How to Get There
A top quality hotel with an excellent Japanese garden (well worth a visit in its own right and as good as many of the admittedly larger well known gardens of Japan). You can even eat breakfast overlooking it in one of the many hotel restaurants and there is also a 'Tully's coffee shop' (like a Starbucks or Costa) in the hotel (which suited my wife's need for a daily coffee to supplement traditional Japanese tea).
The metro is a short walk (5 mins) away beside which there are a couple of streets full of restaurants (so you don't need to travel into central Tokyo if you don't want to). The metro is very easy to use with numbered stations which mean its very easy to work out which direction to travel in. One thing to bear in mind is that a 24 hour metro ticket (which usefully is not day based but starts when you buy it) isn't usable on all the metro lines (about 8 are included but a further 8 are private and need their own tickets). Hence you need to plan your route using appropriate lines if you don't want to pay more than necessary.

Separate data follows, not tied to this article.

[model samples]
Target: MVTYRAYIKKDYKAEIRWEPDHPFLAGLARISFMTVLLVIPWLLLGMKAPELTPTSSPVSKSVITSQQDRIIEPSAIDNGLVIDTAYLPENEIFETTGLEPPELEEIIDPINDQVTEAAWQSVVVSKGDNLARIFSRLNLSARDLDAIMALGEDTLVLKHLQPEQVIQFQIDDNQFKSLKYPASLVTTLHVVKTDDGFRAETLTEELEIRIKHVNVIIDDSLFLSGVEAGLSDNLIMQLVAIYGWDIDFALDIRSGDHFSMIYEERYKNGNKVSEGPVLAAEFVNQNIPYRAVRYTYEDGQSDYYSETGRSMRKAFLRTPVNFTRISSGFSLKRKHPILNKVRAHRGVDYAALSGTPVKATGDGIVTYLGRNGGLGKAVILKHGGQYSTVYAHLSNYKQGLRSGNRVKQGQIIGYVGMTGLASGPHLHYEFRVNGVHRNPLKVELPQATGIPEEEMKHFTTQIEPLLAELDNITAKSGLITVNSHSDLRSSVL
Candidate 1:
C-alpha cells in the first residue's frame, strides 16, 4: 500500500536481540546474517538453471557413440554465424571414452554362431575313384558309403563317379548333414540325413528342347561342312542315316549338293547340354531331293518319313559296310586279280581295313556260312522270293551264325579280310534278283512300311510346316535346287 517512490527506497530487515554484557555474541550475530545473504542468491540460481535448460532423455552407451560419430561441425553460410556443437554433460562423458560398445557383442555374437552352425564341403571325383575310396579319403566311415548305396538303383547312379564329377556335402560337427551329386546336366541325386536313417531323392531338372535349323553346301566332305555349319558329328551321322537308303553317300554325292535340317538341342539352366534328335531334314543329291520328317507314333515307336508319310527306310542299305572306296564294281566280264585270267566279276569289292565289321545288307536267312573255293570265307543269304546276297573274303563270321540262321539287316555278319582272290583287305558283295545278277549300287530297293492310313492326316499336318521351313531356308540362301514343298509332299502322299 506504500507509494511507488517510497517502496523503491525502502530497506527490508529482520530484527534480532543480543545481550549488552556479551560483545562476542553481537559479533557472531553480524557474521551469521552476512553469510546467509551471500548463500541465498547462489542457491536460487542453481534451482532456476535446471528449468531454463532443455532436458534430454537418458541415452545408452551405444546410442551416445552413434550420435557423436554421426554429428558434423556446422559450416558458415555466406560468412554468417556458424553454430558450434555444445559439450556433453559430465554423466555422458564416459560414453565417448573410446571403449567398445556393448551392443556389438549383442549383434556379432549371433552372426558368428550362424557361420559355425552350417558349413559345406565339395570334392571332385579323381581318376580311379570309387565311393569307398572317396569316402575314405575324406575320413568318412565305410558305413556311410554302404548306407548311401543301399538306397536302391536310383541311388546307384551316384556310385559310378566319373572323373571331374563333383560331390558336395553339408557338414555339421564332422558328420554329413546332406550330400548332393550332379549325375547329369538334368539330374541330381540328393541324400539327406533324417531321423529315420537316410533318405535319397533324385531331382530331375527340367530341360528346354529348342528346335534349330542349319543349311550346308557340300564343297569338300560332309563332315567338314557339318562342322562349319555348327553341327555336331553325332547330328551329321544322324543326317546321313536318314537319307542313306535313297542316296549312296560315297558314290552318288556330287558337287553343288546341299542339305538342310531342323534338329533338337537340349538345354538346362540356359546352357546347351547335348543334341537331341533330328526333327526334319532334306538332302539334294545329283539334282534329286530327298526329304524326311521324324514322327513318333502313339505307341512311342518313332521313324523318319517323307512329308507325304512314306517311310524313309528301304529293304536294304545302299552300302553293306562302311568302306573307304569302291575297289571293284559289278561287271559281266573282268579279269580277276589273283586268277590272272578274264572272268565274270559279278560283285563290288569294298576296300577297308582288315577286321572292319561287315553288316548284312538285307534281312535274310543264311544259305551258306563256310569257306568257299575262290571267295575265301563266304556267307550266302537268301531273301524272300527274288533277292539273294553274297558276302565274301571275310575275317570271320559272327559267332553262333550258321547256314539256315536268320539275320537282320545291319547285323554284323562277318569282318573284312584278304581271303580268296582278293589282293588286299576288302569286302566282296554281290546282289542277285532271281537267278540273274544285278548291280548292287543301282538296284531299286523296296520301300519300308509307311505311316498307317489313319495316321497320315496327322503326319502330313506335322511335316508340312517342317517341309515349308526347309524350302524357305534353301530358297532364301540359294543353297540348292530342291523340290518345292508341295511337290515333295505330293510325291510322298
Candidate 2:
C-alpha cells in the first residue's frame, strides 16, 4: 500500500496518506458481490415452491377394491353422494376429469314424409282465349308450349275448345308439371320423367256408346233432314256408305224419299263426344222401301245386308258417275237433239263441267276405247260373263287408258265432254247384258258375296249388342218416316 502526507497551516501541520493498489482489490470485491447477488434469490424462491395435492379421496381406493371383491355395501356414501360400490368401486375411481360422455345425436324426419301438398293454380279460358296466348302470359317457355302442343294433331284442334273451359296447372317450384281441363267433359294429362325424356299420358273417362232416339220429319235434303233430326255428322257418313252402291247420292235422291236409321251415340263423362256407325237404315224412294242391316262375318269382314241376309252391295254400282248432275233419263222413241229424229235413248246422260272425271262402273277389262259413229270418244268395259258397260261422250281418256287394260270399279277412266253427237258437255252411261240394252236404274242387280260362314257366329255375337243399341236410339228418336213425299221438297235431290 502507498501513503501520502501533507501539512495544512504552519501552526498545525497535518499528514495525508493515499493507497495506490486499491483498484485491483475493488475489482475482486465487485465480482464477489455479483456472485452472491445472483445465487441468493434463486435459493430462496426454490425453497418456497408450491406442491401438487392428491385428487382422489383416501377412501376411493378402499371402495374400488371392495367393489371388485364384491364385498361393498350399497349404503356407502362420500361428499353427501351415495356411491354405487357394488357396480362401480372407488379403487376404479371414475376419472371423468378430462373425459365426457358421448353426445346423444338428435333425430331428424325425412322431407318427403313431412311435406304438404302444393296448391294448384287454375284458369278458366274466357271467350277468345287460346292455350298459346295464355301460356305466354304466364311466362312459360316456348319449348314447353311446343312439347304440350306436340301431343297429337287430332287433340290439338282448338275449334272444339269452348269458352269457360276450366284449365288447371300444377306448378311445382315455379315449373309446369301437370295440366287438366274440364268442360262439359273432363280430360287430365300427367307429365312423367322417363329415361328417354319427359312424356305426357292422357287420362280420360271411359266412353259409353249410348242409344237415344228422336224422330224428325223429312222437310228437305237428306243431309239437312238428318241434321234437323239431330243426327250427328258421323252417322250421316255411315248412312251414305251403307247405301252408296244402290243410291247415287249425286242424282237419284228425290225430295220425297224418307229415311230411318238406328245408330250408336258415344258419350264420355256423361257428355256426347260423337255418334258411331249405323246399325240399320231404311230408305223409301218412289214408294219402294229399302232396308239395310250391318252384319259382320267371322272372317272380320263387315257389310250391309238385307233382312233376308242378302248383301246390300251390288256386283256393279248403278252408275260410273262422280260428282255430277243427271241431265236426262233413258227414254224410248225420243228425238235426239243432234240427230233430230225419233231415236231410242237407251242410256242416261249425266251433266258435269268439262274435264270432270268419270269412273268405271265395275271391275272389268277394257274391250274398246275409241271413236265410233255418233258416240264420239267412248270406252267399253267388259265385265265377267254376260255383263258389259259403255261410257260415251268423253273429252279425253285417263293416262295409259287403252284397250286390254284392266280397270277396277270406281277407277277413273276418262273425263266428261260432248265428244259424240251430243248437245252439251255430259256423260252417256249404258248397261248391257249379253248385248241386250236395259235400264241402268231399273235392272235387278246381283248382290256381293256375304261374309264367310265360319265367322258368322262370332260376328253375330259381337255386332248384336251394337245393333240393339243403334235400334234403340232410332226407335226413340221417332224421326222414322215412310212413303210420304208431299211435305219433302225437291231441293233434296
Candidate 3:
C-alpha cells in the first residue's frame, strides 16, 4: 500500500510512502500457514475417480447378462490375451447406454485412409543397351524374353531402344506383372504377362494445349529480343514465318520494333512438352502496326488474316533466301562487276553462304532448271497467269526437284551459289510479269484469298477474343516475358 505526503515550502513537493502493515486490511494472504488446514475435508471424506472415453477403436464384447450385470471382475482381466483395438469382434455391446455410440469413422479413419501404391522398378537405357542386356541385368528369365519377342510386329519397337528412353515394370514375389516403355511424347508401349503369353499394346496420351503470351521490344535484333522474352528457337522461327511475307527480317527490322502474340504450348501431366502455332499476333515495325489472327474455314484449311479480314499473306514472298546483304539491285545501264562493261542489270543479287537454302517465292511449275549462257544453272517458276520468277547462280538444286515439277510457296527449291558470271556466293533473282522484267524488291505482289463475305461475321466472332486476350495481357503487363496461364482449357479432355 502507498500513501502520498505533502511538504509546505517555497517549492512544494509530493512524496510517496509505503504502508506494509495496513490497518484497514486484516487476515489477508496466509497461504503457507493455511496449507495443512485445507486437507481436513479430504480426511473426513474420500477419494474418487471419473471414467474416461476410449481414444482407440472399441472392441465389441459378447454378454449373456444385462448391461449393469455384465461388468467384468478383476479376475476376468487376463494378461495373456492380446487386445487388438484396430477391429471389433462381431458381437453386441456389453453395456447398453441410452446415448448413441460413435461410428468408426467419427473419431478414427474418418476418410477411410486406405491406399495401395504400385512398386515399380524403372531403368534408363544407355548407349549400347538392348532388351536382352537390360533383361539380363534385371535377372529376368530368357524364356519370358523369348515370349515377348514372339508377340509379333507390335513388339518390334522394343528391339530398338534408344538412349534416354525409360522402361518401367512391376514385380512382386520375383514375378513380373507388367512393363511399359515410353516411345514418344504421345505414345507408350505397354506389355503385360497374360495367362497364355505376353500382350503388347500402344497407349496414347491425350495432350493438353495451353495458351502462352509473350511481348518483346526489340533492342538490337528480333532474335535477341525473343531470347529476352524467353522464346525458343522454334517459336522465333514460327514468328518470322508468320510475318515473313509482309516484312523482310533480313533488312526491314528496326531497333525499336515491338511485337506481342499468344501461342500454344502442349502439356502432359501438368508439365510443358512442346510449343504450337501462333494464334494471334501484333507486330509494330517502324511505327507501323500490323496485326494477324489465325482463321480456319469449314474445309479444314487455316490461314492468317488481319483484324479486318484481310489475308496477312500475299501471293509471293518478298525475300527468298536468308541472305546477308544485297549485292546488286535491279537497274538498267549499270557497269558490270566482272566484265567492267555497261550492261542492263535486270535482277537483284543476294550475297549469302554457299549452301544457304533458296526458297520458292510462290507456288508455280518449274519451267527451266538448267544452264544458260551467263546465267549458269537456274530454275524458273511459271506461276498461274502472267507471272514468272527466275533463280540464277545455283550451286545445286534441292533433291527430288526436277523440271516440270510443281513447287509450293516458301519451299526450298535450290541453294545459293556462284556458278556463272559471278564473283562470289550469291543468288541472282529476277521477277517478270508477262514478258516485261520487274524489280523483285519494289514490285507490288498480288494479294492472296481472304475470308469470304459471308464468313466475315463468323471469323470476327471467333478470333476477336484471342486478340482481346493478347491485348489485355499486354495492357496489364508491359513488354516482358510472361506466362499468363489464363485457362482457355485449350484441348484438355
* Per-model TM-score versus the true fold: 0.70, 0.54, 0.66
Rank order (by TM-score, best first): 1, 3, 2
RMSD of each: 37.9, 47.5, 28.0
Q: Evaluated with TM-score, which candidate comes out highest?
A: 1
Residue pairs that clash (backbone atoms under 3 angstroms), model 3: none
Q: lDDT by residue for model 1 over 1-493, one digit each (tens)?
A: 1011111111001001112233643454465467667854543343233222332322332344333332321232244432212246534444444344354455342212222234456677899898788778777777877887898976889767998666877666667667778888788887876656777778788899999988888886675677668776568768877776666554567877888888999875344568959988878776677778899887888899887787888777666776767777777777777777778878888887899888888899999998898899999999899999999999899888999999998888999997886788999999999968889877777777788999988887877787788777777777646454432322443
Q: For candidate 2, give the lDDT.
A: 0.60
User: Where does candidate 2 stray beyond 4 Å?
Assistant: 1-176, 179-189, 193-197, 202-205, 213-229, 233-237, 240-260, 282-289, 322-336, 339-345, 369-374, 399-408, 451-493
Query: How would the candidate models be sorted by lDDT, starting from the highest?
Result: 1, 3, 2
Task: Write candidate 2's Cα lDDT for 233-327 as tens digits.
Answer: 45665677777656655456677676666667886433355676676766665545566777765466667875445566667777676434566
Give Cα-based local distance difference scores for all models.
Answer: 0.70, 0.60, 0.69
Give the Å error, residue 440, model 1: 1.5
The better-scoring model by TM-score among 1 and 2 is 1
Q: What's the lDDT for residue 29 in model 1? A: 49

It's worth a visit to one of the towers to view Tokyo at night (we went to the Roppongihills tower where the observation deck is outside and allows you to see the more famous lit up towers from a good distance).
Food at the hotel is good and there are useful vegetarian options in the western style breakfast buffets.
We would recommend staying at the hotel and enjoyed our stay.
I stayed at the hotel after 21 years, and it was great to enjoy the same great service. The garden is as beautiful as I remembered, and the view from the 40th Floor while having breakfast is a nice way to start the day. This time I signed up a s member of the New Otani Club which comes with addiional benefits.
Very nice rooms, clean and comfortable, decent price for minibar, very big shower and great view, the hotel have many bars and restaurants, very good food, don't miss breakfast at the rooftop amazing view for the morning, great location, and splandid service.
Ill definitely come back.
My partner and I arrived at the Hotel New Otani through a side entrance and late in the evening. The rather imposing security man directed us to the 6th floor hotel lobby of the Garden Tower.